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Re: 7.1 euro-style dates insert error

From: Thomas Lockhart <lockhart(at)alumni(dot)caltech(dot)edu>
To: Chris Storah <cstorah(at)emis-support(dot)demon(dot)co(dot)uk>
Cc: pgsql-bugs(at)postgresql(dot)org
Subject: Re: 7.1 euro-style dates insert error
Date: 2001-05-03 05:28:03
Message-ID: 3AF0EC63.C6B1C4C9@alumni.caltech.edu (view raw or flat)
Thread:
Lists: pgsql-bugs
> > Yes it does, for ambiguous cases such as yours.
> Which means that independent of the date style, it should give a date error
> either way?

No, it means that for ambiguous cases (e.g. '2-10-1997') it will assume
European or US conventions were used. It will rarely reject a date on
grounds of ambiguity, since common usage in many countries is guaranteed
to be ambiguous. That is why ISO and four digit years are to be
preferred.

> > I'm willing to bet that the date style is *not* set to "European".
> > Please demonstrate with a "show datestyle" and "select date
> > '2.10.1997'"...
> NOTICE: DateStyle is ISO with European conventions.
> ?column?
> -----------
> 1997-10-02

OK, so this is a correct result...

> Seems to be a problem with inserting reversed dates (Eg. 1997.13.2) and
> invalid dates...
> Inserting 10.13.1997:
>     gives 'Bad external date representation 10.13.1997'        -    correct

Hmm, I would have thought that this would be interpreted as mm.dd.yyyy
for sure, but instead it is enforcing the "european ordering" of the
fields. If you switch to "US" style, the date is accepted. That is OK I
think...

> Inserting '19.13.2':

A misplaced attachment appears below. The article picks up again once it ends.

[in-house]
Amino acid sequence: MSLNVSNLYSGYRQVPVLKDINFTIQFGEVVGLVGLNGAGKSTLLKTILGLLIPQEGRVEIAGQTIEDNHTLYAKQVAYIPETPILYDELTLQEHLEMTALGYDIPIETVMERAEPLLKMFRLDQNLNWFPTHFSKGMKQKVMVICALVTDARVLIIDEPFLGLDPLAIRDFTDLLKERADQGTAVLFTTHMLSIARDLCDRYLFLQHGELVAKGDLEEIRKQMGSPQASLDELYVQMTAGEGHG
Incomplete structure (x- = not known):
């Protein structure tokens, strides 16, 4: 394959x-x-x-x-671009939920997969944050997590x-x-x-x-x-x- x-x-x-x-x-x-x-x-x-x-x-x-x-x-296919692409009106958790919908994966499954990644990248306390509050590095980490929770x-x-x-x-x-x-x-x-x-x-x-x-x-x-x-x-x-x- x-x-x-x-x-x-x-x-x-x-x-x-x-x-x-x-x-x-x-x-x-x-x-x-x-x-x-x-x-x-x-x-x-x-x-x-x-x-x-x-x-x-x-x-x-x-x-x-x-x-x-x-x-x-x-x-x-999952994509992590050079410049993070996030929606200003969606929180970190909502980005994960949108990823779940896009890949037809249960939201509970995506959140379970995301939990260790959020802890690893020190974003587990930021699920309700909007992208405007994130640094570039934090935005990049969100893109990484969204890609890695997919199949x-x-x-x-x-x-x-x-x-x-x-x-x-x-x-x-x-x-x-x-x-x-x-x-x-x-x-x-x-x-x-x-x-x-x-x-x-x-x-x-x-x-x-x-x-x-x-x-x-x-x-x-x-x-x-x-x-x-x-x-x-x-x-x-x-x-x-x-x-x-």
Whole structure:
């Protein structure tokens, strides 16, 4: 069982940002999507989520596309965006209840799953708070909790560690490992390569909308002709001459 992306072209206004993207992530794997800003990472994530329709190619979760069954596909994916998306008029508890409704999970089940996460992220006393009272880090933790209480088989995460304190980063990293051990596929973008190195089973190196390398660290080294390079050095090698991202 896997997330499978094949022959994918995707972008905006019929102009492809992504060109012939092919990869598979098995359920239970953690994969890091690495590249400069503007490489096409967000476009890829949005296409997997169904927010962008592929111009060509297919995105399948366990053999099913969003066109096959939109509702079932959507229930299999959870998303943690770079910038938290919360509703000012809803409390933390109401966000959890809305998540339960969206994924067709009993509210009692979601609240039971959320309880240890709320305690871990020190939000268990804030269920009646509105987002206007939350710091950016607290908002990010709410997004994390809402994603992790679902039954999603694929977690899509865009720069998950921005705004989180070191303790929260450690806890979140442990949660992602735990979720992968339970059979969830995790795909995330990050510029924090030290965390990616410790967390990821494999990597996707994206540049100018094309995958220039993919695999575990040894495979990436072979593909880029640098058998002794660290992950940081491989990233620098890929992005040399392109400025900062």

>     gives '2013-02-19'    (dd.yy.mm ??? )

What would you want this interpreted as? dd.mm.y? Postgres allows years
back to 4213BC, so a one digit year might be accepted indicating a time
two millennia ago.

The algorithm for interpreting dates is in an appendix in the User's
Guide. Does this behavior match your reading of that writeup? Not that
this would make it acceptable, but at least it would be working as
advertised ;)

In this case, it seems to give up right away on an ISO date since it has
only a two digit leading field. It tries that as a day, since it can not
possibly be a month (too big). The next field then gets picked up as the
year, since it cannot possibly be a month (too big). Then the last field
is picked up as a month, since that is the only thing left.

> Unfortunately I am inserting 20,000 dates into a table, so it is not a one
> off case.
> Is there any way to enforce specific date formats without the parser
> calculating the 'best-fit' case?
> > > If the dates are entered as 'ccyy.mm.dd' it is okay - unfortunately
> > > all my dates are in the format 'dd.mm.ccyy'.

You had indicated that all of your dates were in a specific format with
four digit years. Are you saying now that they should be, but that some
of the inputs are invalid? Or are they a mix of every possibility, and
you want to reject those with some properties but not others?

If so, you might try using to_date() to enforce a specific input format.
You might find it easier to ingest these into a text column first, then
manipulate from there (for example, you could prepend the century
digits). But what do you want to do with the invalid entries? Is it OK
to ignore them??

                           - Thomas

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